|Front View: Closed||Rear View: Closed|
I acquired this ascender from Sarah Conner in 2016.
This ascender is 208 mm. tall, 103 mm. wide, 26 mm. thick, and weighs 237 g.
The shell is a tall irregular shaped stamping formed from 3.9 mm. aluminum alloy sheet metal. A 17 mm. wide rope channel is formed in the upper portion of one side and a smaller cam channel lies opposite the first. A hole drilled through both sides of the cam channel accepts a 6.4 mm. rivet. The cam and cam spring are mounted on this rivet. The handle below the cam has a micarta hand grip riveted into place. A 14.6 mm. by 16.8 mm. sling attachment hole is cut below the handle opening. A 13.9 mm. by 17.3 mm hole above the cam provides an upper attachment point.
The cam is milled from stainless steel casting. The cam radius increases from 45 to 58 mm. over an angle of 40°, giving a 20° cam angle. The cam has number of milled teeth. The tooth pattern is (2)(4)^17.
The cam safety is a crudely machined aluminum lever mounted, along with a safety spring and a spacer, on a 2.8 mm. rivet in the same shell channel as the cam. Normally the spring holds the safety where it blocks the cam from opening. When the end of the safety lever is depressed, the opposite end pivots upwards so that the cam is no longer obstructed.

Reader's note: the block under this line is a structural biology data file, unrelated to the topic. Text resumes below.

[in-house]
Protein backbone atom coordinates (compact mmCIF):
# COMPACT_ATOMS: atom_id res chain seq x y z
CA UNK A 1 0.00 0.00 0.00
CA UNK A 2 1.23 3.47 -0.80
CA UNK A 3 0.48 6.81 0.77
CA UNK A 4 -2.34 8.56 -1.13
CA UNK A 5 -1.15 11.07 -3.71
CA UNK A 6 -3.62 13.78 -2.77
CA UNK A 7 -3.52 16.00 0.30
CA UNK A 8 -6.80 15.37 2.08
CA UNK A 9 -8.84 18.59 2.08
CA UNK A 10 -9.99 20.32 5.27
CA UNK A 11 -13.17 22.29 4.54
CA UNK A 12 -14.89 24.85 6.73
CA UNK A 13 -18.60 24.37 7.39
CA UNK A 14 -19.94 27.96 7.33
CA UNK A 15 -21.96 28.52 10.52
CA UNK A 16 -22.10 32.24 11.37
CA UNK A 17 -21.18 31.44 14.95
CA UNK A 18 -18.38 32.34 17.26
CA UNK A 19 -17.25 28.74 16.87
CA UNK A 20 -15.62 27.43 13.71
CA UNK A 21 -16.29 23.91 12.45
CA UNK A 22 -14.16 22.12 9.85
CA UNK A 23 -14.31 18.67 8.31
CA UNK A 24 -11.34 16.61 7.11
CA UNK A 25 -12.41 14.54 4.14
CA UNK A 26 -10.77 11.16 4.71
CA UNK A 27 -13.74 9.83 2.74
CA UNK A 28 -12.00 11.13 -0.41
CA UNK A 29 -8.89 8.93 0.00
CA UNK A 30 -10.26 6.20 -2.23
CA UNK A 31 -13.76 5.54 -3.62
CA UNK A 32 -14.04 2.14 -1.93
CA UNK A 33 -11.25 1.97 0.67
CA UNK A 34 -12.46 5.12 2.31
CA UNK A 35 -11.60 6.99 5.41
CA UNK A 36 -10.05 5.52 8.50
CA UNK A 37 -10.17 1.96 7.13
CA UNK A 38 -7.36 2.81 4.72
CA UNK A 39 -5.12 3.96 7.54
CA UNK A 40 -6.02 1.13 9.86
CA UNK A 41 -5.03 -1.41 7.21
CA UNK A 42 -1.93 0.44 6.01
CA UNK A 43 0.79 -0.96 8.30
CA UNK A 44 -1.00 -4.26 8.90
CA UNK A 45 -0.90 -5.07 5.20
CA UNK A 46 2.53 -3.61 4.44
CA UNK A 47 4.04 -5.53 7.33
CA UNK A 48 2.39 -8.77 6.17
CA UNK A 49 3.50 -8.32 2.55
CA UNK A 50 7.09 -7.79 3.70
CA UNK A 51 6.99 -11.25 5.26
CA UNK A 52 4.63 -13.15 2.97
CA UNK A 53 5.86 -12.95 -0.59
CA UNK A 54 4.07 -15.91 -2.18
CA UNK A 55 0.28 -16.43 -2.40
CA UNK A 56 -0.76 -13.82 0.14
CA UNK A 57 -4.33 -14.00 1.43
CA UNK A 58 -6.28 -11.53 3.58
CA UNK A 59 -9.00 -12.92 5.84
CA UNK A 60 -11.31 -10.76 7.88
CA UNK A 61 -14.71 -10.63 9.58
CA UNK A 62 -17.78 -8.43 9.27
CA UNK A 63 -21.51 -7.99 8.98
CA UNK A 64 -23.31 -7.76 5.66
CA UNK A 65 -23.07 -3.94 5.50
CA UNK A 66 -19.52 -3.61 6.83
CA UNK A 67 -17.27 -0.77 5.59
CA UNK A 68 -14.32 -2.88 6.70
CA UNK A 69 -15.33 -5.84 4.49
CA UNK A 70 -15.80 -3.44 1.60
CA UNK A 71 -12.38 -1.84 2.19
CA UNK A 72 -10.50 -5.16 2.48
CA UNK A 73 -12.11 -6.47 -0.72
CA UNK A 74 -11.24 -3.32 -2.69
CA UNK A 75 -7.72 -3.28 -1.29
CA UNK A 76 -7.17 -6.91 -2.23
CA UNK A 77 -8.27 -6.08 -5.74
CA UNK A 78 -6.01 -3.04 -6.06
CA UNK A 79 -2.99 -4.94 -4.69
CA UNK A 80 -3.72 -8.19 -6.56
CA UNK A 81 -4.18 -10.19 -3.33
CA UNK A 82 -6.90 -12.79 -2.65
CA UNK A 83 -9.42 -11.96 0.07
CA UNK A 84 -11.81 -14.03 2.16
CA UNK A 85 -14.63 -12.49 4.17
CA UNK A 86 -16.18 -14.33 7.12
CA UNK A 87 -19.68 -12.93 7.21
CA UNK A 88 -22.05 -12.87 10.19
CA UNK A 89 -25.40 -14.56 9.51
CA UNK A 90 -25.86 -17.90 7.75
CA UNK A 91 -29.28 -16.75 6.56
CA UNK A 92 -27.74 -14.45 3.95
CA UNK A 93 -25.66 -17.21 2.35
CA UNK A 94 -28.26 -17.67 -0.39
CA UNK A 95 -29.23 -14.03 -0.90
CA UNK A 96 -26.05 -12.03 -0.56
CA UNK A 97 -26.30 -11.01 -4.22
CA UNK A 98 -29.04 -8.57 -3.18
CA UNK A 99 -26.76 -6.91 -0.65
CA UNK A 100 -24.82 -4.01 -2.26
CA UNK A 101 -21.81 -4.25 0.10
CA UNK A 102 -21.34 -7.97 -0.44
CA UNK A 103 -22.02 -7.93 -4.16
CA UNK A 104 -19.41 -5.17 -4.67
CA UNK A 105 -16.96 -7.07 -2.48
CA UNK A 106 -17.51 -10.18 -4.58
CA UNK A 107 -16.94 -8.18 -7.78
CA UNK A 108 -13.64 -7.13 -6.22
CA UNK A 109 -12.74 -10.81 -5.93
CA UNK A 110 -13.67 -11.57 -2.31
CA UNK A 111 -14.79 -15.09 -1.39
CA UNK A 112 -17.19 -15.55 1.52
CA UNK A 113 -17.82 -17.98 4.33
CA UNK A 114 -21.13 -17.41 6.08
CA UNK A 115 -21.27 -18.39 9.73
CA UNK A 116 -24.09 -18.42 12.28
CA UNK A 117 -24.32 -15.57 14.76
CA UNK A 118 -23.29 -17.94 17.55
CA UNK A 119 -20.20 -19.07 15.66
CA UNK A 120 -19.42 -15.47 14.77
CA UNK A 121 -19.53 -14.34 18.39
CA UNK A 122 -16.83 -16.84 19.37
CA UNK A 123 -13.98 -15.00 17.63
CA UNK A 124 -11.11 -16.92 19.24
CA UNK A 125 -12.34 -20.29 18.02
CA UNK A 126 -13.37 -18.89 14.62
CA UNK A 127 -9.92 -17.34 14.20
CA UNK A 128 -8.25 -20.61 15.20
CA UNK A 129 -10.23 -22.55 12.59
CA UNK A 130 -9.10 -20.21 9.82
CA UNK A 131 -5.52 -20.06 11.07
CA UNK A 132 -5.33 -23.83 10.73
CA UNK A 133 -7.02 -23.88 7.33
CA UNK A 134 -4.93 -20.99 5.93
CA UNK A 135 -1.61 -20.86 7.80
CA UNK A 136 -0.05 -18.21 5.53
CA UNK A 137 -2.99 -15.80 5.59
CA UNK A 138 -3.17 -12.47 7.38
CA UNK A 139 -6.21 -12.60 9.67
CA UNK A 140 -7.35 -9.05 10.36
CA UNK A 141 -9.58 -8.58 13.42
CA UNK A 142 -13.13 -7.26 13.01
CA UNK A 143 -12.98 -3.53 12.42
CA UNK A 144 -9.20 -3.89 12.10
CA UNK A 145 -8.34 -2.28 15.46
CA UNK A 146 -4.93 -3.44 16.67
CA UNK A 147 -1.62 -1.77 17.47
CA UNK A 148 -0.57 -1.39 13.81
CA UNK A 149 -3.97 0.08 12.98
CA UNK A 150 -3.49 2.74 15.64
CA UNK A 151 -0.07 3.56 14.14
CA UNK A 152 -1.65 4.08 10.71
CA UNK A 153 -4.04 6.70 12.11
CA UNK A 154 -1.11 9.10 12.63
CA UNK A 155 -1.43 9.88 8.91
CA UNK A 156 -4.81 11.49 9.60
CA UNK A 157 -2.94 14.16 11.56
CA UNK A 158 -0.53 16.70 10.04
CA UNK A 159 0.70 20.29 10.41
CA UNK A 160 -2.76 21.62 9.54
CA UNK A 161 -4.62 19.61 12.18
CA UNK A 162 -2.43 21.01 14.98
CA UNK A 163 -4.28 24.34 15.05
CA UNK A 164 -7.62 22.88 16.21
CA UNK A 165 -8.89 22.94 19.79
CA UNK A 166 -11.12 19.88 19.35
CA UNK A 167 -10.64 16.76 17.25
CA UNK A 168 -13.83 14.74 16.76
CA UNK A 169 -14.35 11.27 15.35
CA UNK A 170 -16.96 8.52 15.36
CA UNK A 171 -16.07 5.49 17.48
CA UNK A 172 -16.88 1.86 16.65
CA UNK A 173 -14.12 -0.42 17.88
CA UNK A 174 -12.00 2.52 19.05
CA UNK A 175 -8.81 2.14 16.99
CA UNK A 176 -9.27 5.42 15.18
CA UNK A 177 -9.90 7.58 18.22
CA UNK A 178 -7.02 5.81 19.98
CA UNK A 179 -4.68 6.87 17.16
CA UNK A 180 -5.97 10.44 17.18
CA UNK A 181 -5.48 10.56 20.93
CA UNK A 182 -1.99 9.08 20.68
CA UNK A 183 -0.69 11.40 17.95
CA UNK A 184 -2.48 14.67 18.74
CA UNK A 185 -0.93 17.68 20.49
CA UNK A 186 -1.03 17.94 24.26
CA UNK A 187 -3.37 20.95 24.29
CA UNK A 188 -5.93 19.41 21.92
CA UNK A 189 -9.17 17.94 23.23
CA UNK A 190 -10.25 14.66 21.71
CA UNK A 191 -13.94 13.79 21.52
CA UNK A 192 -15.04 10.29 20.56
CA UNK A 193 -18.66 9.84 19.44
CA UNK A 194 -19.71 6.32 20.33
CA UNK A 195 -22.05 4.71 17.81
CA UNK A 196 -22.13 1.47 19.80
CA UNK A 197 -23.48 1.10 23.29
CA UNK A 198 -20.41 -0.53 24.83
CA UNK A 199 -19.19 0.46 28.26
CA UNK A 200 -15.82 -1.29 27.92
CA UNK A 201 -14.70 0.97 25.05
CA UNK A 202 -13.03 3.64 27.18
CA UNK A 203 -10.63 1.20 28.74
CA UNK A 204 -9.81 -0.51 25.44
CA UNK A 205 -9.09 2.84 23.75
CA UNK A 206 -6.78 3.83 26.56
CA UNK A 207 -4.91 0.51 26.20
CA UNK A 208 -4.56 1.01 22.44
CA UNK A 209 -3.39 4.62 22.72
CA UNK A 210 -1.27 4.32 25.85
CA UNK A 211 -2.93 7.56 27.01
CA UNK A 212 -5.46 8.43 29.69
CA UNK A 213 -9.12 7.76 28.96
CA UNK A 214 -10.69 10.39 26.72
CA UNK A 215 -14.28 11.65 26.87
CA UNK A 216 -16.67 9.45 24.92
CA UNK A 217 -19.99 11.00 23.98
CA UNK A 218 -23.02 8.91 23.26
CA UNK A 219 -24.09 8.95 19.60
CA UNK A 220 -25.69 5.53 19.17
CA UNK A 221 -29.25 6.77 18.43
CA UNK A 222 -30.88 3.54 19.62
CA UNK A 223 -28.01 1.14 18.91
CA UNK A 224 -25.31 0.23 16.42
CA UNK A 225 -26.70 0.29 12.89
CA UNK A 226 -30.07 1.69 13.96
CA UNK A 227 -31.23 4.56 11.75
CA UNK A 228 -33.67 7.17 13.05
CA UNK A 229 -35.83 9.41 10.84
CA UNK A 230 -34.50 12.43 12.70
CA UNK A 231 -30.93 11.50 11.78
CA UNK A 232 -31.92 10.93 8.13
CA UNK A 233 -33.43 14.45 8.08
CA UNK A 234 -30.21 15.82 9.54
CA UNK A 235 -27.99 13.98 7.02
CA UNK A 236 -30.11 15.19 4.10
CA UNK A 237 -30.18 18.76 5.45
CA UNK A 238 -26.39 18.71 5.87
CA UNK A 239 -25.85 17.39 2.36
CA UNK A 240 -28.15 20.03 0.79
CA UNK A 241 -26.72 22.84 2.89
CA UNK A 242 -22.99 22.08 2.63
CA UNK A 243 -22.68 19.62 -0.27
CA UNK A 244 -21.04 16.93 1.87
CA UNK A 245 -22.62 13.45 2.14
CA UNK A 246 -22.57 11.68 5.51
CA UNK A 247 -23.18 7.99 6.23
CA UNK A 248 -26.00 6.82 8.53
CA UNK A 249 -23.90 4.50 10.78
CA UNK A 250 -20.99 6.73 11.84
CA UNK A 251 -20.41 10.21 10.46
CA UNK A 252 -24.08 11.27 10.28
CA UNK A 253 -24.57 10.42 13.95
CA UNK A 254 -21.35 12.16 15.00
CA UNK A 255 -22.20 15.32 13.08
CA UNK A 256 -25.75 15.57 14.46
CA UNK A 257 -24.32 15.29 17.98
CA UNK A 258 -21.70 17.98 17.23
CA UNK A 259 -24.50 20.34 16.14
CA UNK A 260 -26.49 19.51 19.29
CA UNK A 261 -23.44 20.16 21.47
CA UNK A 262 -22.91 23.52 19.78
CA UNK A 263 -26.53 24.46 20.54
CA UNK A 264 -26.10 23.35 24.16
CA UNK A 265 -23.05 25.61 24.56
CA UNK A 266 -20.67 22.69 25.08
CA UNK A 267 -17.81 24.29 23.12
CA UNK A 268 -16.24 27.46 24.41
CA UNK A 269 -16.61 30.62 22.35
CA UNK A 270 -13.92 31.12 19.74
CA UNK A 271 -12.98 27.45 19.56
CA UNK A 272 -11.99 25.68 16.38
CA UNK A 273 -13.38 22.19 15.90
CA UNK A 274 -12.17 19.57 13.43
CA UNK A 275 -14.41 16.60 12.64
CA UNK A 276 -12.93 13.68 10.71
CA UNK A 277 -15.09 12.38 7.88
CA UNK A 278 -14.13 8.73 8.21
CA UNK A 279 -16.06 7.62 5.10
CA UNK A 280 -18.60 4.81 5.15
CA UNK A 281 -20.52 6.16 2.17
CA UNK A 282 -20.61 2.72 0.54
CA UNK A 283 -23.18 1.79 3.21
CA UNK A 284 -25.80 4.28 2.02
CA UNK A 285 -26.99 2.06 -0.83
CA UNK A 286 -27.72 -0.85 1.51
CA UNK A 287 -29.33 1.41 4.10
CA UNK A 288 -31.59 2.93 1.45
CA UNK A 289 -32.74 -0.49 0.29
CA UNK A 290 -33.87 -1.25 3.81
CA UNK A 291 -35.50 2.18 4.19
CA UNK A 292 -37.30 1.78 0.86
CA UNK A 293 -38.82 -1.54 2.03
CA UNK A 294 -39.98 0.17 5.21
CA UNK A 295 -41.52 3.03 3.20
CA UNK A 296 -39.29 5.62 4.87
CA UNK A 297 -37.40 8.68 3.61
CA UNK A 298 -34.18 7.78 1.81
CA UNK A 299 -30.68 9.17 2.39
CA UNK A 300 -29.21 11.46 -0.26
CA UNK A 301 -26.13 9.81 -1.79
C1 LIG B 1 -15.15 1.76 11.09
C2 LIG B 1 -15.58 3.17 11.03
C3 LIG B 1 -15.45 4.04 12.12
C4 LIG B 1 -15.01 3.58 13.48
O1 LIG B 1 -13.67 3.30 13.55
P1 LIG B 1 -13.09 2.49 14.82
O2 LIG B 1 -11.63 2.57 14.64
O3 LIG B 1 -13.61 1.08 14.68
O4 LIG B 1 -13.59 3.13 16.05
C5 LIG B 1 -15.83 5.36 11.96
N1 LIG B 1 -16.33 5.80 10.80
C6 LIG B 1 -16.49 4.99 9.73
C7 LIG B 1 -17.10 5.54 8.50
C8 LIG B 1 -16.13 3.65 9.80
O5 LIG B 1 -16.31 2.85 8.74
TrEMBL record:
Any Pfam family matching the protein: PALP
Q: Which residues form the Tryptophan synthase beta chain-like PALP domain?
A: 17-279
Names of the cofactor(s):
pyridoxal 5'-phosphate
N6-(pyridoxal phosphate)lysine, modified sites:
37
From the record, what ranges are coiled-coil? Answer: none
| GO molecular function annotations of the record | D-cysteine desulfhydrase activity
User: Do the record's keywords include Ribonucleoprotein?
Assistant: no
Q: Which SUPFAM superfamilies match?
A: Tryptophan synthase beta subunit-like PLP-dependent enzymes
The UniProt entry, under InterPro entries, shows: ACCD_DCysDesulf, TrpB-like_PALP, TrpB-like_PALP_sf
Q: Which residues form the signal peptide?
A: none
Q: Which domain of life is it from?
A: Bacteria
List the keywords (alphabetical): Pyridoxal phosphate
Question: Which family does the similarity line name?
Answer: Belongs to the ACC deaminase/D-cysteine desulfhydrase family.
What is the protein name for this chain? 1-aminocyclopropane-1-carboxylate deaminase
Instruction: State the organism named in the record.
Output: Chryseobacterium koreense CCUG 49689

There are no markings on this ascender
I asked the seller about the history behind this ascender, but her reply was "I do not know who made this or how old it is." Comparing it to other ascenders that I'm familiar with, I suspect that it is a home-made copy of a Russian ascender - no other ascenders in my collection match this one's frame design like that one does.
The hand opening is tall enough for my hands. Although it doesn't score well with the test blocks that I use on the Ascender Handles page, it fits comfortably in my hand. So much for arbitrary criteria!
The safety is easy to use with one hand, and the opening behind the cam provides easy access for the right-hand index finger. This makes it much easier to open this ascender with the right hand than, say the right-handed Clogs that use the same type safety; in fact, this is perhaps the easiest handled ascenders to operate single-handed that I own.
The cam teeth are nicely milled; however, without sharp teeth to dig into the rope, the cam slips more easily than those with the normal conical teeth.